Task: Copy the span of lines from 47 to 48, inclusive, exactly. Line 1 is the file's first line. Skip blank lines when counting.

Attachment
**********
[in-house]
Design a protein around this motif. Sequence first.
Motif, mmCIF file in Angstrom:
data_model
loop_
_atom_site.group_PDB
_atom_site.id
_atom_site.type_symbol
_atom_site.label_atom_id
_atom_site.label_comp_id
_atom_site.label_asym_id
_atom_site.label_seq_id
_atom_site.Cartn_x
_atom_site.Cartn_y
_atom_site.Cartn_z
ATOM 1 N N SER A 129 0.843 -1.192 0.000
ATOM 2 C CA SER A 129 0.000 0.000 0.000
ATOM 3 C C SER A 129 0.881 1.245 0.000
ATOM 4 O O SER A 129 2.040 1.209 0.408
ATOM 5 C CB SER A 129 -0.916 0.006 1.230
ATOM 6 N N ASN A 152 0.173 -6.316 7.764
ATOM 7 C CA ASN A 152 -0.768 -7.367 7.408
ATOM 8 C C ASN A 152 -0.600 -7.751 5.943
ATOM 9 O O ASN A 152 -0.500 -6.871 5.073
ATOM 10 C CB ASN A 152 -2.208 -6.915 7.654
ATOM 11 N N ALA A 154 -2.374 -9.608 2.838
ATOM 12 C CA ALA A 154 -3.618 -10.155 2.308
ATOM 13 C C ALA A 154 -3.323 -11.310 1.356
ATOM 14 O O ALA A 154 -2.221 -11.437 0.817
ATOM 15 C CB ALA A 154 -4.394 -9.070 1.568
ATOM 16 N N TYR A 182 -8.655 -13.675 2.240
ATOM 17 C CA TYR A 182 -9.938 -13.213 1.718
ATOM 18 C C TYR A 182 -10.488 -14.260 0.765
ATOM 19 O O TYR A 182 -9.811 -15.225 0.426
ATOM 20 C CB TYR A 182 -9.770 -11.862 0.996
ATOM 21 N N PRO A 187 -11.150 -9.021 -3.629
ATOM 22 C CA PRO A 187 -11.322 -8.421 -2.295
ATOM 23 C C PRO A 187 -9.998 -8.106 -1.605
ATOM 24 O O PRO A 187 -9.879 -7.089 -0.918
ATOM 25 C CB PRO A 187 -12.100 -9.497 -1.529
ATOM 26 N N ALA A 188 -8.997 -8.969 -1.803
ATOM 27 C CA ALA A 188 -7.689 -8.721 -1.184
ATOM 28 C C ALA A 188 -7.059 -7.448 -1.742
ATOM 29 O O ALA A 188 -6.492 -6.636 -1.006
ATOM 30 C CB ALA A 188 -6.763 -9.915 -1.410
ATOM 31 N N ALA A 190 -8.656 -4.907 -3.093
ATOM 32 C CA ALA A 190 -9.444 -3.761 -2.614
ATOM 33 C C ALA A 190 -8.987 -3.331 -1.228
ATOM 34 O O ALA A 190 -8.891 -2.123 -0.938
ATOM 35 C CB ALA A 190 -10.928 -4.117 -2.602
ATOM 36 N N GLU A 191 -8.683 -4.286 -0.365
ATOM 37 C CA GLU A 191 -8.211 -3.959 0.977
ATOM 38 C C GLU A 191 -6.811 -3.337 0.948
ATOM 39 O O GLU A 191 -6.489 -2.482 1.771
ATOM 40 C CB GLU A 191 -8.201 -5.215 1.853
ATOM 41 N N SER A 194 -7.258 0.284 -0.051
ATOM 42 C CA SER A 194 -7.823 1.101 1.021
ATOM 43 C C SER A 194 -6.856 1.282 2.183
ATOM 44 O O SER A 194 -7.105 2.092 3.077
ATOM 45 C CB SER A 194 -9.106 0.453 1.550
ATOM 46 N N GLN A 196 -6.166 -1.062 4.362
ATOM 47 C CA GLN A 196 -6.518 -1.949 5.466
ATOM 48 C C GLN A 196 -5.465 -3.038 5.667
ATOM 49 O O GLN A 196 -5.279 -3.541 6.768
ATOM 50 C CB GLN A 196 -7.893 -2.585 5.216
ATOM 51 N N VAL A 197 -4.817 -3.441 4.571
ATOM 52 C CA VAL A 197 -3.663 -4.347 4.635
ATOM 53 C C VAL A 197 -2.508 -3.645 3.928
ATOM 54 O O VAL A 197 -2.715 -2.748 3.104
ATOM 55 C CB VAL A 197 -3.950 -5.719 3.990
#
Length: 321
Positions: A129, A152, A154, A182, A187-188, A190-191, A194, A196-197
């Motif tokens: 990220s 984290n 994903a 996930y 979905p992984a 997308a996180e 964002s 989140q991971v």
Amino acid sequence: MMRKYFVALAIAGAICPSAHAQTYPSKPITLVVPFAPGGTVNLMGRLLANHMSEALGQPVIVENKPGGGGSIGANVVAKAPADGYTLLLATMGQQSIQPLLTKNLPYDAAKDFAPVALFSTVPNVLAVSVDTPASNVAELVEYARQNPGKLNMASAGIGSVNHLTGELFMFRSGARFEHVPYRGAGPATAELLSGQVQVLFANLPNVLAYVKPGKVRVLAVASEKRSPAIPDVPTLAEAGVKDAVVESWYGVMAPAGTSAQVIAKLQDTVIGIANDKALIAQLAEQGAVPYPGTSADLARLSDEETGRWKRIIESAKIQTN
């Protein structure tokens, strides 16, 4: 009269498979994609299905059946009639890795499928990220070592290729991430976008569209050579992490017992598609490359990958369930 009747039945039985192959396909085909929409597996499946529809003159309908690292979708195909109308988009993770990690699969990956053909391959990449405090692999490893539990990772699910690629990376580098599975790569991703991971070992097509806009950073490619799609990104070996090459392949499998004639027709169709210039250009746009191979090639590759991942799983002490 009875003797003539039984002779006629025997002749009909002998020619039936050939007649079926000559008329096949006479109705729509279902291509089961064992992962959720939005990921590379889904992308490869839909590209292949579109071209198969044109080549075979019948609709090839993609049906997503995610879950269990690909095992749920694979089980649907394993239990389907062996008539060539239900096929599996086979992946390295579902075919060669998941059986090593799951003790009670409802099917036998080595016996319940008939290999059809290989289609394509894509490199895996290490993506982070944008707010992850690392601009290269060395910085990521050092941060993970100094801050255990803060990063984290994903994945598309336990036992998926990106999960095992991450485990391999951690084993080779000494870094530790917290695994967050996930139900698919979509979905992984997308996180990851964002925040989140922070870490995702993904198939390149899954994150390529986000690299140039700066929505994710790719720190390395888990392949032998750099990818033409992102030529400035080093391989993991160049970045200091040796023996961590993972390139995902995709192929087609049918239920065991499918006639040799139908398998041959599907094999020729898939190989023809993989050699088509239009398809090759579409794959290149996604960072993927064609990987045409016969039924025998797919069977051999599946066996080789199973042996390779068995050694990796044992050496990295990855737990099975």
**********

ATOM 32 C CA ALA A 190 -9.444 -3.761 -2.614
ATOM 33 C C ALA A 190 -8.987 -3.331 -1.228